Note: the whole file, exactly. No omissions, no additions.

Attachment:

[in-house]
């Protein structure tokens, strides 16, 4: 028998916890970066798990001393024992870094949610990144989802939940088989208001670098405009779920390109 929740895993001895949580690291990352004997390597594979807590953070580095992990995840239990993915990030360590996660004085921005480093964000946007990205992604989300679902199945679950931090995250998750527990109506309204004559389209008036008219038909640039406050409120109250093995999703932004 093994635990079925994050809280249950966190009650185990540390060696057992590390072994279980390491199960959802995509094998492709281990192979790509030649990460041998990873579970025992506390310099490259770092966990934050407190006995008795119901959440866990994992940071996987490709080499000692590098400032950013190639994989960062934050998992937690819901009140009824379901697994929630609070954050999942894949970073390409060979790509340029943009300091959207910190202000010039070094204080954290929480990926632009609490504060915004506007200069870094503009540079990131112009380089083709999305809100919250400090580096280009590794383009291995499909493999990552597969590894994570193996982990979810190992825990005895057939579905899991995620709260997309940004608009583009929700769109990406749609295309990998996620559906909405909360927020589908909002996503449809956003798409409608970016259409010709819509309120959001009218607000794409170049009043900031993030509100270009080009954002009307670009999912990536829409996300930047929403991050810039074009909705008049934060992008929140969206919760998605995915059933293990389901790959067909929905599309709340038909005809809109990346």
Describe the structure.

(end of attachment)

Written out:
[in-house]
């Protein structure tokens, strides 16, 4: 028998916890970066798990001393024992870094949610990144989802939940088989208001670098405009779920390109 929740895993001895949580690291990352004997390597594979807590953070580095992990995840239990993915990030360590996660004085921005480093964000946007990205992604989300679902199945679950931090995250998750527990109506309204004559389209008036008219038909640039406050409120109250093995999703932004 093994635990079925994050809280249950966190009650185990540390060696057992590390072994279980390491199960959802995509094998492709281990192979790509030649990460041998990873579970025992506390310099490259770092966990934050407190006995008795119901959440866990994992940071996987490709080499000692590098400032950013190639994989960062934050998992937690819901009140009824379901697994929630609070954050999942894949970073390409060979790509340029943009300091959207910190202000010039070094204080954290929480990926632009609490504060915004506007200069870094503009540079990131112009380089083709999305809100919250400090580096280009590794383009291995499909493999990552597969590894994570193996982990979810190992825990005895057939579905899991995620709260997309940004608009583009929700769109990406749609295309990998996620559906909405909360927020589908909002996503449809956003798409409608970016259409010709819509309120959001009218607000794409170049009043900031993030509100270009080009954002009307670009999912990536829409996300930047929403991050810039074009909705008049934060992008929140969206919760998605995915059933293990389901790959067909929905599309709340038909005809809109990346």
Describe the structure.